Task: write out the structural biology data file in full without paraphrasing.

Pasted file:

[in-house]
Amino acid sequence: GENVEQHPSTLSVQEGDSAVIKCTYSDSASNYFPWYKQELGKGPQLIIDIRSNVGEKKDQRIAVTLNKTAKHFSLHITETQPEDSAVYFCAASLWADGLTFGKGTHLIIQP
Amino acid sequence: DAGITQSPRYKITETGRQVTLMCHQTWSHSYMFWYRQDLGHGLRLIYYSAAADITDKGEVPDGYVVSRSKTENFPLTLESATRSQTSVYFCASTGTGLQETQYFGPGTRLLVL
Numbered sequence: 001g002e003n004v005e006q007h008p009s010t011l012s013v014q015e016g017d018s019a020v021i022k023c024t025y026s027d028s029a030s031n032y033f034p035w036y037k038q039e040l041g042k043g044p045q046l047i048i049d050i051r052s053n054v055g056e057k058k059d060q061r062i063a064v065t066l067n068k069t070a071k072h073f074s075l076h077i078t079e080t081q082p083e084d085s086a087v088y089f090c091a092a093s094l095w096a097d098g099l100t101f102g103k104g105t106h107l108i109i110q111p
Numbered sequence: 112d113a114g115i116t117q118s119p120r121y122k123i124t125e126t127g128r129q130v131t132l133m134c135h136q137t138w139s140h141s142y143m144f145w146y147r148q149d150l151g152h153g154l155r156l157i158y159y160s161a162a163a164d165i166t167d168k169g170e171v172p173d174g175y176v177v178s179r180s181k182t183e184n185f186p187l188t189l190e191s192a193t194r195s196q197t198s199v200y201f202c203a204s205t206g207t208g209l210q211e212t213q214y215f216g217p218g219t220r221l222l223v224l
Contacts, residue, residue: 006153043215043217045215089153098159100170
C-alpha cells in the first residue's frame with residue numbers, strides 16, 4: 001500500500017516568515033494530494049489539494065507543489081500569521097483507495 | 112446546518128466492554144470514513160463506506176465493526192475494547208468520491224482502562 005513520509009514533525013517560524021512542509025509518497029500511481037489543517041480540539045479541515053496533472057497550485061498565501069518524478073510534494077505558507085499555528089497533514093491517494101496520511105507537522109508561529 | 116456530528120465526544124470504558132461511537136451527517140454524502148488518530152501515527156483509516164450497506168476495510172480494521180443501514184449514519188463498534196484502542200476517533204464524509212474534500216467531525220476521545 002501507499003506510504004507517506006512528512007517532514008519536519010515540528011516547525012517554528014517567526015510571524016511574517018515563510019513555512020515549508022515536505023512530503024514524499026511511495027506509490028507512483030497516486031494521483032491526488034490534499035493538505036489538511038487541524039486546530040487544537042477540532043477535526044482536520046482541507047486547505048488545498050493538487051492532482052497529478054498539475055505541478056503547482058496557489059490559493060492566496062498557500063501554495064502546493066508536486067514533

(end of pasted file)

[in-house]
Amino acid sequence: GENVEQHPSTLSVQEGDSAVIKCTYSDSASNYFPWYKQELGKGPQLIIDIRSNVGEKKDQRIAVTLNKTAKHFSLHITETQPEDSAVYFCAASLWADGLTFGKGTHLIIQP
Amino acid sequence: DAGITQSPRYKITETGRQVTLMCHQTWSHSYMFWYRQDLGHGLRLIYYSAAADITDKGEVPDGYVVSRSKTENFPLTLESATRSQTSVYFCASTGTGLQETQYFGPGTRLLVL
Numbered sequence: 001g002e003n004v005e006q007h008p009s010t011l012s013v014q015e016g017d018s019a020v021i022k023c024t025y026s027d028s029a030s031n032y033f034p035w036y037k038q039e040l041g042k043g044p045q046l047i048i049d050i051r052s053n054v055g056e057k058k059d060q061r062i063a064v065t066l067n068k069t070a071k072h073f074s075l076h077i078t079e080t081q082p083e084d085s086a087v088y089f090c091a092a093s094l095w096a097d098g099l100t101f102g103k104g105t106h107l108i109i110q111p
Numbered sequence: 112d113a114g115i116t117q118s119p120r121y122k123i124t125e126t127g128r129q130v131t132l133m134c135h136q137t138w139s140h141s142y143m144f145w146y147r148q149d150l151g152h153g154l155r156l157i158y159y160s161a162a163a164d165i166t167d168k169g170e171v172p173d174g175y176v177v178s179r180s181k182t183e184n185f186p187l188t189l190e191s192a193t194r195s196q197t198s199v200y201f202c203a204s205t206g207t208g209l210q211e212t213q214y215f216g217p218g219t220r221l222l223v224l
Contacts, residue, residue: 006153043215043217045215089153098159100170
C-alpha cells in the first residue's frame with residue numbers, strides 16, 4: 001500500500017516568515033494530494049489539494065507543489081500569521097483507495 | 112446546518128466492554144470514513160463506506176465493526192475494547208468520491224482502562 005513520509009514533525013517560524021512542509025509518497029500511481037489543517041480540539045479541515053496533472057497550485061498565501069518524478073510534494077505558507085499555528089497533514093491517494101496520511105507537522109508561529 | 116456530528120465526544124470504558132461511537136451527517140454524502148488518530152501515527156483509516164450497506168476495510172480494521180443501514184449514519188463498534196484502542200476517533204464524509212474534500216467531525220476521545 002501507499003506510504004507517506006512528512007517532514008519536519010515540528011516547525012517554528014517567526015510571524016511574517018515563510019513555512020515549508022515536505023512530503024514524499026511511495027506509490028507512483030497516486031494521483032491526488034490534499035493538505036489538511038487541524039486546530040487544537042477540532043477535526044482536520046482541507047486547505048488545498050493538487051492532482052497529478054498539475055505541478056503547482058496557489059490559493060492566496062498557500063501554495064502546493066508536486067514533